February 25, 2014, 1:14 PM

China’s Alibaba ventures further into fulfillment and banking

The retailer launches a project to help solve logistics woes in the country and starts offering Chinese interest-bearing savings accounts.

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A hunger to keep learning and working on ways to drive e-commerce in China and beyond has fueled significant growth for Chinese e-commerce company Alibaba Group Holdings Ltd. The company, which was launched in 1999 by former English teacher Jack Ma with a lean staff of 18, today employs 20,000 workers across the globe. The company posted revenue of $4.89 billion for the first three quarters of 2013, up 60% from the same period in 2012.

Last year, Alibaba, which is well-known for its online marketplaces Taobao.com, designed for individual sellers and entrepreneurs, and Tmall, where larger brands such as Apple Inc. sell, helped create the Cainiao Network Technology Co. Ltd. The network aims to bring together a variety of companies to overhaul the scattered and inefficient fulfillment network across the massive country. Delivery woes are a major issue in China where there are no national carriers similar to UPS or FedEx in the U.S.

Cainiao means “Rookie” in Chinese. Alibaba and the other major shareholders in the company—including several Chinese carriers and e-commerce companies—say they chose the name to remind themselves to stay on their toes and keep innovating in order to keep online sales growing in China. Chinese online sales are set to grow from $294 billion in 2013 to $672 billion in 2018, a compound annual growth rate of 18%, according to Forrester Research Inc.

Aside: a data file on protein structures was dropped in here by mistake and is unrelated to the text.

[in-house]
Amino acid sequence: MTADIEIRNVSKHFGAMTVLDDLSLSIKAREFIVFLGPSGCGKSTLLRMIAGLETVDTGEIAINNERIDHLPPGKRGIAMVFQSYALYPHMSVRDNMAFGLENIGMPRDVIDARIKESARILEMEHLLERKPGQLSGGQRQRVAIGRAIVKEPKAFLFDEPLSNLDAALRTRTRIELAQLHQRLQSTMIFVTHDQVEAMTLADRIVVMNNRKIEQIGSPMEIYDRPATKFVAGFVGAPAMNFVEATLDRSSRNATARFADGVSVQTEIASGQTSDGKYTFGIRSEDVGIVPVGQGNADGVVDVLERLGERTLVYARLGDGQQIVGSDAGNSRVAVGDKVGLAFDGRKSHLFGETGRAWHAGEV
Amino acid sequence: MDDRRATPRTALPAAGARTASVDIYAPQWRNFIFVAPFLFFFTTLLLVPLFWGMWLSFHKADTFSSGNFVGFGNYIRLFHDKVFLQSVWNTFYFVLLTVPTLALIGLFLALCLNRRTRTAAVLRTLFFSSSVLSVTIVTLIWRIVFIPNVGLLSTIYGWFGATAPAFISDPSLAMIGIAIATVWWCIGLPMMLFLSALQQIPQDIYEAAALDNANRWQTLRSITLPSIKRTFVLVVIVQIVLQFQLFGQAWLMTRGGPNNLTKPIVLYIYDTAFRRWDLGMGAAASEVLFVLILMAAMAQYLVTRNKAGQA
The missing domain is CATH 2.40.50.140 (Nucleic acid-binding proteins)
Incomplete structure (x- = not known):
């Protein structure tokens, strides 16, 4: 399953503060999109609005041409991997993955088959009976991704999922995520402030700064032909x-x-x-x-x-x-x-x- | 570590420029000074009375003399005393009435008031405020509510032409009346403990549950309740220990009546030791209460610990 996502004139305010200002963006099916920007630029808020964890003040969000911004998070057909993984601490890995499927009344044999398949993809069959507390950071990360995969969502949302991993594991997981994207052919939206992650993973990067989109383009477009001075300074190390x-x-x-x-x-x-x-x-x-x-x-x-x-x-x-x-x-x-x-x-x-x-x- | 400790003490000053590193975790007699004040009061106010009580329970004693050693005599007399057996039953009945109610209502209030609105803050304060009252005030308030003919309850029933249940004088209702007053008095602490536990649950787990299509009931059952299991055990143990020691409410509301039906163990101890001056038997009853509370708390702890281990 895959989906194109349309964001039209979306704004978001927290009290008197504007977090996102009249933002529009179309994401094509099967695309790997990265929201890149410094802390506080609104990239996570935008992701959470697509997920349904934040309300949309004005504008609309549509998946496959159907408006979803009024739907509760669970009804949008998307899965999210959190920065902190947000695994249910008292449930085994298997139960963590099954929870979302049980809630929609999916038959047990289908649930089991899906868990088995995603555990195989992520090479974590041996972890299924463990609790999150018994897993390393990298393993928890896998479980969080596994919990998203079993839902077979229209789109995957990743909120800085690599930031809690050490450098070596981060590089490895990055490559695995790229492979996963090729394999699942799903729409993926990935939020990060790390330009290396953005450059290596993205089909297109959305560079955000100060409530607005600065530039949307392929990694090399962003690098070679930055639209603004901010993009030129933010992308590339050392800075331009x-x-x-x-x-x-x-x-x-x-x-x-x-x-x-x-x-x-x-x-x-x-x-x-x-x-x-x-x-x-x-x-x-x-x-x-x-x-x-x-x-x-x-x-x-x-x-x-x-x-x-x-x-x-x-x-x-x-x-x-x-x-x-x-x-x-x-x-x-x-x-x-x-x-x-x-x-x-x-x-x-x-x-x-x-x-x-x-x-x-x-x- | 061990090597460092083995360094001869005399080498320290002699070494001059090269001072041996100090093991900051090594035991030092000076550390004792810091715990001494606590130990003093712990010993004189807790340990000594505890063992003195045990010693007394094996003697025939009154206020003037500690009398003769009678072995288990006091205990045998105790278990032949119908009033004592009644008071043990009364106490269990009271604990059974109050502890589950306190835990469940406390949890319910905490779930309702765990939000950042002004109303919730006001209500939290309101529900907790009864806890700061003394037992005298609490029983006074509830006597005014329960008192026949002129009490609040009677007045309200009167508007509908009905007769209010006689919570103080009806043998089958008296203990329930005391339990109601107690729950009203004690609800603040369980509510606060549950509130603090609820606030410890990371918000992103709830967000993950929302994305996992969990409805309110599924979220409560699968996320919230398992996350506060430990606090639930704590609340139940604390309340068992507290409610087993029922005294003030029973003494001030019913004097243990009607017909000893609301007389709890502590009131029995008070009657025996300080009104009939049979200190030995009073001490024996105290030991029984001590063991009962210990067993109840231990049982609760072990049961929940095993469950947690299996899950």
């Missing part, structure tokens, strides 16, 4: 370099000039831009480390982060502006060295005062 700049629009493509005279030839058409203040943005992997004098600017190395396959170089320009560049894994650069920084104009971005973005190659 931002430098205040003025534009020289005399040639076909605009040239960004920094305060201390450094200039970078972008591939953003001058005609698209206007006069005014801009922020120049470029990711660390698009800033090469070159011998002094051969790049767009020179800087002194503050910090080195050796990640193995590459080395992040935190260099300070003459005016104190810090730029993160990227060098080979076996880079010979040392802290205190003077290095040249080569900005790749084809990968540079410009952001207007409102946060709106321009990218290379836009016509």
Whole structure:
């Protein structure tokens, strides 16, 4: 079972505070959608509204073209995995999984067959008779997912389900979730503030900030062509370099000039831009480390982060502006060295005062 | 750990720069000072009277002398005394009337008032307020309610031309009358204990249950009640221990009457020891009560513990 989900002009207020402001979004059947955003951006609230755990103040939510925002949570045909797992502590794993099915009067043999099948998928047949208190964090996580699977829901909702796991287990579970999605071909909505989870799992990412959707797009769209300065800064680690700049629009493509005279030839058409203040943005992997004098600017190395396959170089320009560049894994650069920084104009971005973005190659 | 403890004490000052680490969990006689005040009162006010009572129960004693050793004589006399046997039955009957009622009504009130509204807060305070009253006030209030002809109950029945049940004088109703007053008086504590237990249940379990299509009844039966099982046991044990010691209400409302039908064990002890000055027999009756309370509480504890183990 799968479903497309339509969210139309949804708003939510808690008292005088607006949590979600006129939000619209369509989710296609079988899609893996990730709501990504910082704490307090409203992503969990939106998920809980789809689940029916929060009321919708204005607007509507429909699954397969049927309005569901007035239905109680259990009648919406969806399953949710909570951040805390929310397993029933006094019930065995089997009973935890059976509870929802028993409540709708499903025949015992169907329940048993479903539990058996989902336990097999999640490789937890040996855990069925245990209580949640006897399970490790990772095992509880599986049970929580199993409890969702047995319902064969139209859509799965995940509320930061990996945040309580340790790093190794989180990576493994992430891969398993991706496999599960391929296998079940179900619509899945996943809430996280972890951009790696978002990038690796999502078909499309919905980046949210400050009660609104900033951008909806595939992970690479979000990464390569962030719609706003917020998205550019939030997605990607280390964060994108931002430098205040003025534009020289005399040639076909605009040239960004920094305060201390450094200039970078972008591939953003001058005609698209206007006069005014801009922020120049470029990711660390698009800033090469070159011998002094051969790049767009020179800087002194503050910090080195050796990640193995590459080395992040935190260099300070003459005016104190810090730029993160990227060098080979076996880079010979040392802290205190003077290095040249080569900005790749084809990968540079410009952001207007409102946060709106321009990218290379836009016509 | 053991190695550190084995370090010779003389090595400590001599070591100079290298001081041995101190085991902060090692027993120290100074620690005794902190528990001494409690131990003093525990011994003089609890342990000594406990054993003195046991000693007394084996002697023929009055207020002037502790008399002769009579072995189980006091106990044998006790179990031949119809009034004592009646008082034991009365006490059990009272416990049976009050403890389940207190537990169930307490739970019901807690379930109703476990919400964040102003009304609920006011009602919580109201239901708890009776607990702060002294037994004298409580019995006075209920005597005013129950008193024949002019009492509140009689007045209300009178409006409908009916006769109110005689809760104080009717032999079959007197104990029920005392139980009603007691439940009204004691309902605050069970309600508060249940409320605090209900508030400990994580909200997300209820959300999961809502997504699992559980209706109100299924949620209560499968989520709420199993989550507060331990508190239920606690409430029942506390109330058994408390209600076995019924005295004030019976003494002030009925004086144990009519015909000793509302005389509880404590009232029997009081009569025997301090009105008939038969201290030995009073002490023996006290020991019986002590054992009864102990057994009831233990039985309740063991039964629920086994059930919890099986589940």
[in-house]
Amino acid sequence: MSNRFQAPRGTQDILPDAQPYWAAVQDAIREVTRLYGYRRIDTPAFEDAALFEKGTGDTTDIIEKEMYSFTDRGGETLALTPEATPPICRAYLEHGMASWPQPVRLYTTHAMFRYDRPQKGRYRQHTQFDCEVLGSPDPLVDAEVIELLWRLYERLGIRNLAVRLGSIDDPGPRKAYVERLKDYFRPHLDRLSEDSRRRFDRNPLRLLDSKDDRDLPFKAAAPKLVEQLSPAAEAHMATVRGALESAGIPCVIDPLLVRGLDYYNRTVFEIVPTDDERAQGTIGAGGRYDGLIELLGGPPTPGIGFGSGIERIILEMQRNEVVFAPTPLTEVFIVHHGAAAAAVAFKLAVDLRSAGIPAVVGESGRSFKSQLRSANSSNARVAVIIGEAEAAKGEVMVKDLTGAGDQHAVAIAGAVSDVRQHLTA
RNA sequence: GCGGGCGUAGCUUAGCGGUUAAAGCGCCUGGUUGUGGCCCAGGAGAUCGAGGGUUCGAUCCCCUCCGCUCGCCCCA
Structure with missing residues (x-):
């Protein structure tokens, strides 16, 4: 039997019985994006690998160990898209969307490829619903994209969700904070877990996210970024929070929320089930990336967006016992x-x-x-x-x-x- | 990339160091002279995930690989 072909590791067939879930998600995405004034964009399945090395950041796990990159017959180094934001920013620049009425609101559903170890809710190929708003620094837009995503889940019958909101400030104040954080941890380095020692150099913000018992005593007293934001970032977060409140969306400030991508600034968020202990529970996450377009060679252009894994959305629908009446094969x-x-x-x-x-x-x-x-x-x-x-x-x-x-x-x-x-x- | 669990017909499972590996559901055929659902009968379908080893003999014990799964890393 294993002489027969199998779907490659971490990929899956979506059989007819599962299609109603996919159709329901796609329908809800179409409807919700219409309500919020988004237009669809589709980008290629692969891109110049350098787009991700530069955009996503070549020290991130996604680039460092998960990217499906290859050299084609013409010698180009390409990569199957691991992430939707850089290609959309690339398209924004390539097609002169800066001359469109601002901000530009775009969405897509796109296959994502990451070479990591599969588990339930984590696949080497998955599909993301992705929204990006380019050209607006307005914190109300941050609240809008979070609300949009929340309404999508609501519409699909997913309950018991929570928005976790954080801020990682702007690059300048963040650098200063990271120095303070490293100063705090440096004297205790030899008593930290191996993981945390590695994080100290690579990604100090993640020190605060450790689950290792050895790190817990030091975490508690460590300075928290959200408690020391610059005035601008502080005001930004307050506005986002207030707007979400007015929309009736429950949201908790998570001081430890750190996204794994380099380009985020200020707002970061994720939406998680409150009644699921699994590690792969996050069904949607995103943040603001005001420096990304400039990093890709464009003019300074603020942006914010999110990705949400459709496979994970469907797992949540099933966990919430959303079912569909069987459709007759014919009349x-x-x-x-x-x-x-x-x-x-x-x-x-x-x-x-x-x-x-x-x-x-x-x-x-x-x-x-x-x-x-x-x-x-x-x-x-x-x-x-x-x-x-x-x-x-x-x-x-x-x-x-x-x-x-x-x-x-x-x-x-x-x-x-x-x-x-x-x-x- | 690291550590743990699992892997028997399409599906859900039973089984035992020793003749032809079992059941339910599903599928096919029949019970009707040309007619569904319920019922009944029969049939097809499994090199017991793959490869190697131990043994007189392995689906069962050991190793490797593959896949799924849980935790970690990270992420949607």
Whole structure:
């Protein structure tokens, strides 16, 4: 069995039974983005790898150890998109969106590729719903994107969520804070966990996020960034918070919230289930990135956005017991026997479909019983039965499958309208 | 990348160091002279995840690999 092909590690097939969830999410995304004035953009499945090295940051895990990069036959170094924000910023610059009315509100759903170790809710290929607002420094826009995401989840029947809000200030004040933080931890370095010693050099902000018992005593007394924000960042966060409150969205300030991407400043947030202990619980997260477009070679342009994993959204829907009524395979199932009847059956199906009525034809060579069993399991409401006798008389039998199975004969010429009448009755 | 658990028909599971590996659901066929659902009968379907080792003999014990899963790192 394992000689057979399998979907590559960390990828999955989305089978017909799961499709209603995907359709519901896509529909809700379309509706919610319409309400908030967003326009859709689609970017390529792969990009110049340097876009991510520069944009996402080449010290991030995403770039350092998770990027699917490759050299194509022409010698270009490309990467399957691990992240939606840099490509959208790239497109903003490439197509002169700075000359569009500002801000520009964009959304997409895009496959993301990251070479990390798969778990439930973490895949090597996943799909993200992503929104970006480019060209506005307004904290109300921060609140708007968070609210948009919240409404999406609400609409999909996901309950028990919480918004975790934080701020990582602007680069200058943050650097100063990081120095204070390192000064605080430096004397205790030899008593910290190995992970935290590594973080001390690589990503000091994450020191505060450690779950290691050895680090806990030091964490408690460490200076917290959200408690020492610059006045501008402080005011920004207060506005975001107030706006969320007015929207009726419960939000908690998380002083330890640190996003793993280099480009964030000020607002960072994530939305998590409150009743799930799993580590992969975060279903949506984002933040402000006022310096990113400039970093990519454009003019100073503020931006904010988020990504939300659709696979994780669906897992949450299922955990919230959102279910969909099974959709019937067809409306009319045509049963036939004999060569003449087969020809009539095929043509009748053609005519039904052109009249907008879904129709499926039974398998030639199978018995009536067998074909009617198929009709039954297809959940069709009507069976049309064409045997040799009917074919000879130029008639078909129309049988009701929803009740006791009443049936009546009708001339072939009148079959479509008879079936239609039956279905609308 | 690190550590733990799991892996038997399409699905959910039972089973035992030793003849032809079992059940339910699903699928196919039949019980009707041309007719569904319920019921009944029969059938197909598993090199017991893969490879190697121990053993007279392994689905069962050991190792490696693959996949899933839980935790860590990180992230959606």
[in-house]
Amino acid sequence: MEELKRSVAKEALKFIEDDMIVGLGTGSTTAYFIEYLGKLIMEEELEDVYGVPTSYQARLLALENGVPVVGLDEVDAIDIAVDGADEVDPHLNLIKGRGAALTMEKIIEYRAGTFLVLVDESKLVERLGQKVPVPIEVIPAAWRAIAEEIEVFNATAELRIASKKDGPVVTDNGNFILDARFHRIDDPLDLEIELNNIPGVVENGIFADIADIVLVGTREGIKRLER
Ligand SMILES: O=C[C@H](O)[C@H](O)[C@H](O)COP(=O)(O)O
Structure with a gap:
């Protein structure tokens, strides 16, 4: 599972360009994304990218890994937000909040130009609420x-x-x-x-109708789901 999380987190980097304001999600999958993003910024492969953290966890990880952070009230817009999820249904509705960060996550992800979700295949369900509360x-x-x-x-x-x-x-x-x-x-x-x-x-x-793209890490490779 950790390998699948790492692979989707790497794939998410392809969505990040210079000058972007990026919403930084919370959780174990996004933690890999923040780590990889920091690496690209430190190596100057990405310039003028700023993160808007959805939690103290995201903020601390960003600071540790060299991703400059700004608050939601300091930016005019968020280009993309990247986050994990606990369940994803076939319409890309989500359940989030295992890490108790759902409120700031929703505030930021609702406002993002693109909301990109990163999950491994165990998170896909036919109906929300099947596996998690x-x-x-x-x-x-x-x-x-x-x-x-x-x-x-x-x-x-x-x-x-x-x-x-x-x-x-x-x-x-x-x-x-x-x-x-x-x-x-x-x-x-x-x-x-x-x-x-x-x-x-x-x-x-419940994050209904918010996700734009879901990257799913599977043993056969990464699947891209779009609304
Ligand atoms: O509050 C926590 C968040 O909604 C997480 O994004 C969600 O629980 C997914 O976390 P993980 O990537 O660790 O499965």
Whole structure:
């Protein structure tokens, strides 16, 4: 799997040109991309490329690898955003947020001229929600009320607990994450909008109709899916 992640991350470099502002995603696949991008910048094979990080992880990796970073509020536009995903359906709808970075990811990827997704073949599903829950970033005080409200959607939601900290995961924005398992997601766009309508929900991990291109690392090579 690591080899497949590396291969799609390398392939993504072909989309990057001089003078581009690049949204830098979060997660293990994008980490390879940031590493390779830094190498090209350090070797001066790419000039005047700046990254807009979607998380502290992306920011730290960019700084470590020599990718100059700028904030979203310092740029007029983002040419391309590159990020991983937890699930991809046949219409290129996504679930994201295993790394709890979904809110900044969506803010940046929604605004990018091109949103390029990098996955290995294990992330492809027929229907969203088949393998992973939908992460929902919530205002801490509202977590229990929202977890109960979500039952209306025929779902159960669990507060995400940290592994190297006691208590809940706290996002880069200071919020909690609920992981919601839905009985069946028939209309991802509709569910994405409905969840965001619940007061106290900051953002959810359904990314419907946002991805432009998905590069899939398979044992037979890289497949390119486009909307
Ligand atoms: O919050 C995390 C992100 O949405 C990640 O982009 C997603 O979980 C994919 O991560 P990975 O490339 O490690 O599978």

Beyond fulfillment, Alibaba is also exploiting the massive popularity of its payments system Alipay, which has amassed some 900 million accounts that consumers use to pay for products, services and bills both online and in stores. In June, Alibaba launched Yu’e Bao, an interest-bearing money market account that pays out between 6% and 7% in interest, compared with the standard 0.35% annual interest rates offered by conventional bank and checking accounts.

Yu’e Bao, which means “Leftover Treasure”, has accumulated nearly 50 million accounts, Alibaba says. The accounts are particularly popular with younger adults: The average age of a Yu’e Bao account holder is 28. From June through October, Yu’e Bao generated a total of about 1.79 billion yuan ($296 million) in interest income for all of its investors, according to Alipay. The average size of an individual Yu’e Bao account was 4,307 yuan ($712) as of Dec. 31. As of mid-January the fund swelled to more than 250 billion yuan ($41 billion), up 35% compared to with 185 billion yuan ($30.6 billion) as of Dec. 31, according to Alibaba.  3 million yuan is deposited into Yu’e Bao accounts every minute, Alibaba says, and the fund became China’s largest money-market fund in October.

 

 

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